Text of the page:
Uh-oh, astronomers say they’ve lost track of more than 900 near-Earth asteroids

Near-Earth asteroids are “space rocks” that are often in close proximity to the planet. According to a report, scientists have somehow lost track of over 900 asteroids, which seems to be a recipe for disaster.

But while the number seems alarming, scientists say that the near-Earth asteroids “have a low chance of hitting Earth and causing any damage.”

Asteroids lost in space

The comprehensive report, which was written by astronomers from the Harvard-Smithsonian Center for Astrophysics, confirmed that at least 11 percent of about 17,000 potential near-Earth asteroid candidates recorded by the International Astronomical Union’s Minor Planet Center from 2013 to 2016 are unaccounted for.

Following their initial sighting, the asteroids’ coordinates were lost. This means astronomers were unable to follow up on or confirm the location of the asteroids.

A potential near-Earth asteroid is an asteroid that can be found at least 30 million miles from Earth’s orbit. While “tens of millions of space rocks” belong to this category, astronomers are worried about bigger asteroids.

Back in 2005, the U.S. government tasked NASA with identifying 90 percent of potential near-Earth asteroids that measured at least 460 feet or larger. These asteroids are potential threats, especially if they collide with Earth.

The new report also revealed that 11 percent of the potential near-Earth asteroids were lost because recently discovered candidates were submitted for confirmation at the last-minute. Since the submissions were late, a secondary source didn’t have enough time to verify the data.

Peter Vereš from the Minor Planet Center explained that experts must work quickly so they can have time to track the asteroids, which “could be on the other side of the sky” where no one will have able to monitor them.

Another obstacle is bad weather, which makes it hard to track fast-moving space objects that remain unrecorded. (Related: Avoiding Armageddon: Scientists experiment with ways to destroy or redirect threats from space.)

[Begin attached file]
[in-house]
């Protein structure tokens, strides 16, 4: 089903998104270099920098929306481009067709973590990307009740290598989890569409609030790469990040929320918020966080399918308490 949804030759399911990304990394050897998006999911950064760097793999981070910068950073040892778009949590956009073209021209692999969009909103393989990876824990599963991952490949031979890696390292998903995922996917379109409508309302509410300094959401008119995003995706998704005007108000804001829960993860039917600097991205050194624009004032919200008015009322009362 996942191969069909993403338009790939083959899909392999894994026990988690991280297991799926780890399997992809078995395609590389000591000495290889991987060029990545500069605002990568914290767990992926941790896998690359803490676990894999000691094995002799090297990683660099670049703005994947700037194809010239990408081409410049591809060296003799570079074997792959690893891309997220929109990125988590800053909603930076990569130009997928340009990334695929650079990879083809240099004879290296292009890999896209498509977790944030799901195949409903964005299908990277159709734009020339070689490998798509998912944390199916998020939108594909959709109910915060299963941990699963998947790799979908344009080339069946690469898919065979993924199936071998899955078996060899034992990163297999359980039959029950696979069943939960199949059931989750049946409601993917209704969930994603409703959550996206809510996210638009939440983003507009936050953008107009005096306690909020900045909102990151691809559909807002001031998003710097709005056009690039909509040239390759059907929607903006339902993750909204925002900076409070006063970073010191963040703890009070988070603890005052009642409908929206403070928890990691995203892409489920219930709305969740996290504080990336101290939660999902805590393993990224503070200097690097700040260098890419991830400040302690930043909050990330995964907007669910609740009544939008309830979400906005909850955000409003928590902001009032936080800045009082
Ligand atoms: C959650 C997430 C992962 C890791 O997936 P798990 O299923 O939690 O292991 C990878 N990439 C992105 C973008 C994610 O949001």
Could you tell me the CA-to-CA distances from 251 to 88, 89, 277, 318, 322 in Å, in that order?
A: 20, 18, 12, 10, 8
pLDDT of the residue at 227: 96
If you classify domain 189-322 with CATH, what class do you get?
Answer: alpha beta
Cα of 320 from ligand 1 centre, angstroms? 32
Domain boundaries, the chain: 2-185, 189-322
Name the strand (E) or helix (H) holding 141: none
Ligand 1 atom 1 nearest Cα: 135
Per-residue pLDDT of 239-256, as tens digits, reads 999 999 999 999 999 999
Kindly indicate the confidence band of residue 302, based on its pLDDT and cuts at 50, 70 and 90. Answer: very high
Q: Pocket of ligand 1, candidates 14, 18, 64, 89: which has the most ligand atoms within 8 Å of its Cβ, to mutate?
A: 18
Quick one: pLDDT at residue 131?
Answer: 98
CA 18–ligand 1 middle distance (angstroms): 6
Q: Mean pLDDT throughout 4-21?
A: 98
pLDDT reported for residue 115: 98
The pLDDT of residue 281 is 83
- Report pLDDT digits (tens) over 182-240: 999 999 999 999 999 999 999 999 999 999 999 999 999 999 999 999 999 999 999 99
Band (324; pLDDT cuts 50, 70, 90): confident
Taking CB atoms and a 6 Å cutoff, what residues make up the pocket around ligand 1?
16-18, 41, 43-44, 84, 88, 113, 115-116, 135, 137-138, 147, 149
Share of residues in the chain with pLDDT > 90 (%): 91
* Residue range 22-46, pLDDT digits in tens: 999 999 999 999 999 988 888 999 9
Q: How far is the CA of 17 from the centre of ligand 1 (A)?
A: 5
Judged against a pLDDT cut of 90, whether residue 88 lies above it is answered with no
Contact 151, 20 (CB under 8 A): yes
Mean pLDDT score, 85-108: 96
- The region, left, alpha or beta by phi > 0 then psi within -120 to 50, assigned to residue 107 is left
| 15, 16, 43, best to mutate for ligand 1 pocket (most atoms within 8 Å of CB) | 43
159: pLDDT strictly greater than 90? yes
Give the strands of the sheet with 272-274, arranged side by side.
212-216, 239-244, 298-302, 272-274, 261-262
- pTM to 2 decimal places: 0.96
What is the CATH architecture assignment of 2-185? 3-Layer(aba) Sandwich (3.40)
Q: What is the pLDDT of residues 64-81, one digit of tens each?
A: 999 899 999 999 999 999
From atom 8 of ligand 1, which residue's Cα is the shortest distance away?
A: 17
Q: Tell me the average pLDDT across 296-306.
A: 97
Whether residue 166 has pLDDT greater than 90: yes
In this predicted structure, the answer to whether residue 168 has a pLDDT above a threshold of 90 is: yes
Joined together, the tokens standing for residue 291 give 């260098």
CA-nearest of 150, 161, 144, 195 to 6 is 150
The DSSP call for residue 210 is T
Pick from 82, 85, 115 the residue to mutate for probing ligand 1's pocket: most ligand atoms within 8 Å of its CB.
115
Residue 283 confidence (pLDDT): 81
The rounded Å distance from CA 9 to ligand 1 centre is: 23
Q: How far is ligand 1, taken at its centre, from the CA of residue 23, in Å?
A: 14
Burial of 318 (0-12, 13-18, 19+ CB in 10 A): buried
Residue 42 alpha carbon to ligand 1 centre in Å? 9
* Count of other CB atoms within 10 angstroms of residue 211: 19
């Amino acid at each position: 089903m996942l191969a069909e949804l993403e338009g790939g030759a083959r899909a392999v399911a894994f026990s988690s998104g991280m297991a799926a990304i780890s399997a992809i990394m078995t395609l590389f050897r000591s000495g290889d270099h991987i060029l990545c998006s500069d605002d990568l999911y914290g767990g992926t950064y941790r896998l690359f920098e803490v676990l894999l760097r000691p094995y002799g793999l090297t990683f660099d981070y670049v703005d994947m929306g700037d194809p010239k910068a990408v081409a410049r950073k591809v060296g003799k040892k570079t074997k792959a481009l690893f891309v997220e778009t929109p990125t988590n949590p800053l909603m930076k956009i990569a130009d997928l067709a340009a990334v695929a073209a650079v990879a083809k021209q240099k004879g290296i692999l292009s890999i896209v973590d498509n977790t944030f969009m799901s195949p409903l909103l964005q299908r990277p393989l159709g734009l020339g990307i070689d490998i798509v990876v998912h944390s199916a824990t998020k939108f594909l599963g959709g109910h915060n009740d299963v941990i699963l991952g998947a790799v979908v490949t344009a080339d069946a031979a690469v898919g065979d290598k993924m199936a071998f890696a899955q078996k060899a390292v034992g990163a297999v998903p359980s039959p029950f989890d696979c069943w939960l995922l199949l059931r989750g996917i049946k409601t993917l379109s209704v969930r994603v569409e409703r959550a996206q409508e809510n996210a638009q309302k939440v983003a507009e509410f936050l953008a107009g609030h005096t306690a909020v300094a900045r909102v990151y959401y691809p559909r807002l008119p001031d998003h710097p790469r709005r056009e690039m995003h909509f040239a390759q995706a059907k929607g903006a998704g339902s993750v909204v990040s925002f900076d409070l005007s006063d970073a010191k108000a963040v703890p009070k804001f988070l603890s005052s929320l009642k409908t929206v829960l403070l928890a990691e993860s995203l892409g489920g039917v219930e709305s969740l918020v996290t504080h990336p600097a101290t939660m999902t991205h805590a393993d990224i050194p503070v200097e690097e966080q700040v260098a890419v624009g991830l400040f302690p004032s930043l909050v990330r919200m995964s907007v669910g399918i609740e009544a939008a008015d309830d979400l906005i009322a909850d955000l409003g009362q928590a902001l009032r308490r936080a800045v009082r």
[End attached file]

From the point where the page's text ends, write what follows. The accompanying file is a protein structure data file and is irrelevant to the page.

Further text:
Since the asteroids are lost, scientists have no way of knowing how close the space objects are to the planet, along with how close they could be in the future. Vereš added that even if the asteroids get close enough, they are at least too small to cause damage.

He said, “We believe that the largest ones – planetary killers larger than one kilometer – those are basically all found.” Even if the lost asteroids turn out to be harmless, scientists still haven’t identified all the potentially dangerous asteroids in space.

To remedy this, the National Aeronautics and Space Administration (NASA) formed a mission to classify these large near-Earth objects. The NASA mission has a 2020 deadline for accomplishing this goal. But this seems unlikely, unless the agency has “some serious robotic help.”

If a large undetected asteroid does get too close for comfort to Earth, NASA is prepared. The agency’s asteroid deflection mission is a form of planetary defense that can hit an incoming asteroid to make it alter its course.

Fast facts on asteroids

The small and rocky objects that orbit the Sun are called asteroids.

  • William Herschel, an astronomer, first coined the word “asteroid” in 1802. It means “star-like.”
  • Ceres, the first asteroid, was discovered by Giuseppe Piazzi in 1801. Aside from being the first asteroid discovered, Ceres is also the largest known asteroid. It measured 933 km (580 miles) across.
  • 1991 BA, the smallest known asteroid, measures only six meters (20 feet) across.
  • So far, there are more than 600,000 known asteroids in the solar system.
  • One theory implies that asteroids are planetesimals, or “the building blocks of planets.”
  • A lot of asteroids have irregular shapes since they are too small to generate enough gravitational pull to become spherical.

You can read more articles about asteroids and efforts to detect them at Space.news.

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